Except two minutes later, she asked to go back to her own space, much to my surprise. I was delighted that she didn’t think she needed to attach herself to us, but I was also slightly disappointment to lose the rare opportunity to cuddle with her in my sleep. Oh well, at least we all slumbered comfortably for the rest of the night.

The next day, we did more lounging and eating (don’t you love that?) and relished not having to do a single chore or run any errands. Little Miss made up for her lack of sleep with a long nap so we could indulge in more adult conversations and even a movie! I don’t remember the last time I watched a movie at home with friends in the middle of the day. When it came time for trick-o’-treating, she donned a giraffe costume that we thought would be more comfortable for her in the cold. My heart wasn’t the only one to melt when she said her “cheek o cheat” and politely thanked the candy people. She was the littlest in our troop of girls and boys between five and eight years old (all friends of our friends), who were probably competing for the biggest candy haul that would hopefully last until the next Halloween; it was easy for Little Miss Tiny to get lost in the shuffle.


Except when the kids placed themselves in front of her to get their baskets filled, she nudged her way around them, lifted her basket higher and demanded “This! This! This!” That pretty much guaranteed her share (which we would later imbibe in her sleep, although she didn’t know it then – hey, she had some Kit Kat for the first time and loved it. We kept those for her).


Finally, with a heavy heart and quick goodbyes (because we were already close to my daughter’s bedtime, and we were 2.5 hours away from her bed), we left the quiet pace of the country and drove home in the dark. While Little Miss was lost in a Barney episode (or two), I was lost in my own thoughts. She will be two in a couple of weeks, and I already feel like she needs me so much less each day. It’s hard for me to reconcile the difference between the baby who once clung on fiercely to my one finger, when that was all she could manage to hold, and the little girl who doesn’t even think twice before letting go of my hand to explore the world before her. While I admire her fortitude and her independence, it doesn’t make it any easier for me to let go when she does.

Except I have to. And I will just have to trust that she will always need me and come back to my side when she does.  As a parent, my job is to make sure she will always know that I will be here. Waiting. Hoping. Smiling. And feeling so very proud as these words echo in my head, that’s my girl.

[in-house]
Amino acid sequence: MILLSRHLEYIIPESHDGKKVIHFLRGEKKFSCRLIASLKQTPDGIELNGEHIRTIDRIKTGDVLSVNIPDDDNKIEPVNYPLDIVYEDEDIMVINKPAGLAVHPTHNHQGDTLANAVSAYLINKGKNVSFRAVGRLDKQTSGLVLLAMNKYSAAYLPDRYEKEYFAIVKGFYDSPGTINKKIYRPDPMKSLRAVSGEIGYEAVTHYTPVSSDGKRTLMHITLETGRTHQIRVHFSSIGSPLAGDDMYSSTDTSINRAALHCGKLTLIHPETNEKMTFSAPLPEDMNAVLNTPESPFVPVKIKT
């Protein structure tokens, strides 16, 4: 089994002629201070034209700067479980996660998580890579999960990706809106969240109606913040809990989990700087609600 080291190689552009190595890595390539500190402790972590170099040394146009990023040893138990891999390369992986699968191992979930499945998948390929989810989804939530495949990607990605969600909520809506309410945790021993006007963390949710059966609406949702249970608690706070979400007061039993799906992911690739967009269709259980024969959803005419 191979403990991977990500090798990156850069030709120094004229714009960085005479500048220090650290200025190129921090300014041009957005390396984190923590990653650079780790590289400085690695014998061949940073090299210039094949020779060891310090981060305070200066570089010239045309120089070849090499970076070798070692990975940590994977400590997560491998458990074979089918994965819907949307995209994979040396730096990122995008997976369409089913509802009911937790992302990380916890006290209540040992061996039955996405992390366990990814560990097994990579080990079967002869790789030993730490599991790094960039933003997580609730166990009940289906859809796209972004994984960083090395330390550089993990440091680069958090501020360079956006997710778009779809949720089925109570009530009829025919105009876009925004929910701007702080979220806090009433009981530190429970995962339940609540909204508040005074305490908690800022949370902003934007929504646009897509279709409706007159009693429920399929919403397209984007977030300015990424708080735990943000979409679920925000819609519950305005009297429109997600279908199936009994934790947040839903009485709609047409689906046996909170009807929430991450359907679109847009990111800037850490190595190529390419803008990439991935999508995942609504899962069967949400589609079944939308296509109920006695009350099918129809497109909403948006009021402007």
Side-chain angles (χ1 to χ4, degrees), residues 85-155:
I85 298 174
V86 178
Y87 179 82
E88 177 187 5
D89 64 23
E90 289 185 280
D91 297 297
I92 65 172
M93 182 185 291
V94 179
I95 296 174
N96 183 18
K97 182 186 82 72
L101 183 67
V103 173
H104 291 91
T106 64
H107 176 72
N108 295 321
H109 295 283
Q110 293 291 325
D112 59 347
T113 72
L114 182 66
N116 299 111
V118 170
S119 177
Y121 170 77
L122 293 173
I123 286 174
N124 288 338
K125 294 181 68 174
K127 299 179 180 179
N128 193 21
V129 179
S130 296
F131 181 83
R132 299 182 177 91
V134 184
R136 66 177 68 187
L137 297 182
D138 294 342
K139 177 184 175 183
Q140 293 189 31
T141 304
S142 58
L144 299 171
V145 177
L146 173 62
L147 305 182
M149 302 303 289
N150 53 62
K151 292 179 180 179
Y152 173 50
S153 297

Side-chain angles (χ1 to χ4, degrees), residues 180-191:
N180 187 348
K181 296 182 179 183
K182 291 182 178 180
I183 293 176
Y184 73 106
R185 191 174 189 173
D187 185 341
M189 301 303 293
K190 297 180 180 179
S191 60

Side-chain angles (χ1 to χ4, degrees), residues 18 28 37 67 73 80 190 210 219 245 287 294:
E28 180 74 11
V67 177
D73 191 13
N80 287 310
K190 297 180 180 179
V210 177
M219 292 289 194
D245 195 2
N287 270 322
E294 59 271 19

* * *

How was your Halloween? Did you dress up? If so, what were you? How about your kid(s)? Are you still enjoying/stealing your (kids’) candy haul from the weekend?


Friday, October 29, 2010

Wow! Has it really been a year?


I blinked and here I am. A year later…

October 30 marks the first anniversary of this blog. It almost escaped me, as I scramble around trying to prepare for a small road trip for the Halloween weekend, my daughter’s birthday and her new school. We’re also giving her bedroom a minor update (as in dumping all the toys around the house back into her room). With all that’s on my plate, I’ve not had the time to think about this post, but I know there are some things that I have to say, so here goes.

When I first started writing, it was around the time that Little Miss was finally sleeping well. My evenings became mine again, and with all that free time and the lack of ambition to scrapbook, I decided to chronicle her growth here in this space. But little did I know, I was also capturing my own growth here, as a mother, a woman and a person.

Secretly (and now not so secretly) I had this irrational fear that I may not be around for her someday, and I was worried that she wouldn’t know me. For some reason, I desperately wanted her to, beyond the superficialities of skin color and hobbies. This was also the space for me to capture stories about her so that she will always have them. Each remembered with clarity, not in a haze thirty years down the road with an exaggeration here, an untruth there. Every honest word, every crystal clear memory is my gift to her.

But what I also didn’t realize was what a gift this space has been to me. Writing is my creative outlet, but it’s also therapeutic. The power of the truth, when uttered, can rock your core. And it did mine as I found myself uncovering emotions that were once internalized. The more open and honest I became with myself, the more I realized I wasn’t alone. And it’s a wonderful feeling, not just from the shared experience but the camaraderie – my favorite gift of all.

The friendships I’ve made and the ones I’ve rekindled this past year through this blog have made this experience more incredible than I could ever have imagined. I am both humbled and inspired by the myriad authentic voices that are out there, and I’m often reminded of just how vast and, at once, small this world is. As well as fascinating. And painful. And joyous. And sometimes, just breathtaking. Thank you for opening your world to me, so that I can truly see our world.

And most of all, thank you for your support in my journey, whether you’ve been with me this year, this month or this day - I will always be grateful and honored that you are with me here, where I have landed.


p.s. Happy Halloween my friends!


Birthday Cake image by Theresa Thompson.

Wednesday, October 27, 2010

Be careful what you wish for…

I get Little Miss from her daycare every day and in the ten minutes we’re in the car during our journey home, this is usually what takes place:
Bye yia-yia. (Everyone’s already out of sight)

Bye yia-yia’s house.